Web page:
To get back on the App Store MassRoots agreed to add a feature that geographically restricts the application's use to those states where medical marijuana is legal. However, people continue to create profiles from different parts of the world, using this Instagram for cannabis users to share their own marijuana-related messages, videos and photos.

The creators of the app sent Apple CEO Tim Cook a letter signed by the National Cannabis Industry Association, along with the ArcView Group (an investment company focused on marijuana) and another dozen related businesses. In the missive they presented a common front, arguing that "strong regulations are much more effective than prohibitionist policies."

A revolutionary idea

Although they stressed their technological aspects when seeking to be admitted to the Nasdaq, MassRoots also stands as a symbol of the cannabis industry. In fact, in addition to sharing experiences, this network makes it possible to follow hundreds of dispensaries (they hope to reach 1,000 by the end of summer) and for users to be kept up to date on the latest news regarding legalisation. Thus, in addition to increasing its investor base and improving its capital, getting onto the Nasdaq would open an initial door to all those who are interested in banking on the cannabis business.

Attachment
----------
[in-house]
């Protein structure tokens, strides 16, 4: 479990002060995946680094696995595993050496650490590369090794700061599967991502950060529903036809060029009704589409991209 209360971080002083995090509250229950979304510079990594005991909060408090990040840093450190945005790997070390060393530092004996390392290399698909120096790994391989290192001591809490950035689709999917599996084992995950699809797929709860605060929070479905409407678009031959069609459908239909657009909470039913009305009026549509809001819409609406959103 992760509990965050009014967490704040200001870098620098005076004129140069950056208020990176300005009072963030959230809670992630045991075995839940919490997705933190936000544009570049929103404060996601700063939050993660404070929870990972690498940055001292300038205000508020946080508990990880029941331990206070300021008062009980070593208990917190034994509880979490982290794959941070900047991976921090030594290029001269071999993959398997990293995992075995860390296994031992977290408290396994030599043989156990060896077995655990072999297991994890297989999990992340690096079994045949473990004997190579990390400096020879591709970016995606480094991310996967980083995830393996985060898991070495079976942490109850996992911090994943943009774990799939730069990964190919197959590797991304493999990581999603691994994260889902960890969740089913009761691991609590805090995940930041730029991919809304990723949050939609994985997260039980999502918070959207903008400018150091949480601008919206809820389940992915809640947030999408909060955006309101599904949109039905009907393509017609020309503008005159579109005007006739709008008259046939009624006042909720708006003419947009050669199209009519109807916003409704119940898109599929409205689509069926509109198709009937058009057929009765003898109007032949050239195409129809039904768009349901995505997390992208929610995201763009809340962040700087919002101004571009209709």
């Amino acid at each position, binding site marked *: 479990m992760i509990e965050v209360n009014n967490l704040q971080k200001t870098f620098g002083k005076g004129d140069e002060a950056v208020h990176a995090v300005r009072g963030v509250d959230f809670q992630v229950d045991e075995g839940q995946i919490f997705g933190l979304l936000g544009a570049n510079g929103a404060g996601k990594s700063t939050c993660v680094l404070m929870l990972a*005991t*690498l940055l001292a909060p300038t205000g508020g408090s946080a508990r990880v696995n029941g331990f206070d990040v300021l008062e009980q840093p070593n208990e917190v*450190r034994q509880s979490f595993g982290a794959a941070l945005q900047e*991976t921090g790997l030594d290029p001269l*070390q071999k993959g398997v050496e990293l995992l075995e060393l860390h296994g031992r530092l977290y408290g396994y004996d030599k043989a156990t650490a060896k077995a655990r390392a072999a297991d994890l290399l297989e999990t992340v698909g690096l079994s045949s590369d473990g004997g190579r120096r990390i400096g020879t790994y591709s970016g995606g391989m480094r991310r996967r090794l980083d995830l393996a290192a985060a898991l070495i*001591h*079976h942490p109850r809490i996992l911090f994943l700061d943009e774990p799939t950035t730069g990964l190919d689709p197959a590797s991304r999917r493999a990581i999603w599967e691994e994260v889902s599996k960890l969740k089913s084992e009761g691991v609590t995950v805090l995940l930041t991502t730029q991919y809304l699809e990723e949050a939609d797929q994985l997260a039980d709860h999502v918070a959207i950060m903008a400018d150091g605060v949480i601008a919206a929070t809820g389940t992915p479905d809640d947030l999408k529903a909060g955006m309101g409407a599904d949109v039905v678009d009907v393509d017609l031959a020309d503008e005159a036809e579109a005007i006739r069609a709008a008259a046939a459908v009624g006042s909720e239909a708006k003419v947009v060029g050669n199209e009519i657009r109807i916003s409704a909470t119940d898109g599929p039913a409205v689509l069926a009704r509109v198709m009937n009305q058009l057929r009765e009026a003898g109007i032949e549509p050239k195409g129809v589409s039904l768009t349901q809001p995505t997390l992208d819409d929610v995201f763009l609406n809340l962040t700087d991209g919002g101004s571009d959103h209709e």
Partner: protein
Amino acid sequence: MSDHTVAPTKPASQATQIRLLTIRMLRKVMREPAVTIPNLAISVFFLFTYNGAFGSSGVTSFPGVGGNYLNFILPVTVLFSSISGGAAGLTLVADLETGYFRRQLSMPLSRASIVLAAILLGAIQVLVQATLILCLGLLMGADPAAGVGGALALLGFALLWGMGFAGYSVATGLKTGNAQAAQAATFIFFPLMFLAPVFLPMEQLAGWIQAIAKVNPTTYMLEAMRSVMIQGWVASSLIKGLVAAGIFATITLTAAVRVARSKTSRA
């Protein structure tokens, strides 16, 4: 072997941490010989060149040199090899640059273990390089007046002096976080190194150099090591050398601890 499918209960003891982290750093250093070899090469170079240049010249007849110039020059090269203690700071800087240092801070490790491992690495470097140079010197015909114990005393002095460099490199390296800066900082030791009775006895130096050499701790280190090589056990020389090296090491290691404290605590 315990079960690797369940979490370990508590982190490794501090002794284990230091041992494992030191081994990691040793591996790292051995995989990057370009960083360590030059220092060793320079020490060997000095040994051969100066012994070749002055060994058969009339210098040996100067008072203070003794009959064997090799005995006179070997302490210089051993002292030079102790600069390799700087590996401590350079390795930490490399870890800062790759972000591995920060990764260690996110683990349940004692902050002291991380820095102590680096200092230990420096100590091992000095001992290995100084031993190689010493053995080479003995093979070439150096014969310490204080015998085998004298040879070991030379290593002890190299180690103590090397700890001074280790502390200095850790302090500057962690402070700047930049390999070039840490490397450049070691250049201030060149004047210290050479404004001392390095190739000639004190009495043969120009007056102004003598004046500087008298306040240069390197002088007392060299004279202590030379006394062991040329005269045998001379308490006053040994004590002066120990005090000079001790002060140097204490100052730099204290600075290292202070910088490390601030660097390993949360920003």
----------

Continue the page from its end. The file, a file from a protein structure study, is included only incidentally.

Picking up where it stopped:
"We want the public to be able to invest in the cannabis industry now, before it takes off and is no longer accessible for ordinary people," explained Stewart Fortier, the company's co-founder and CTO.

Both Dietrich and Fortier, who forged their hobby into a business and a message, expect the platform to continue to grow throughout 2016, and MassRoots to become a landmark brand. For the time being they plan to appeal their rejection by the stock market in the courts, with a final ruling expected in the coming weeks. It remains to be seen whether the Nasdaq will allow them to make this great leap, and whether, as a result, marijuana will become more widely accepted, its consumption a social reality no longer condemned by the financial establishment.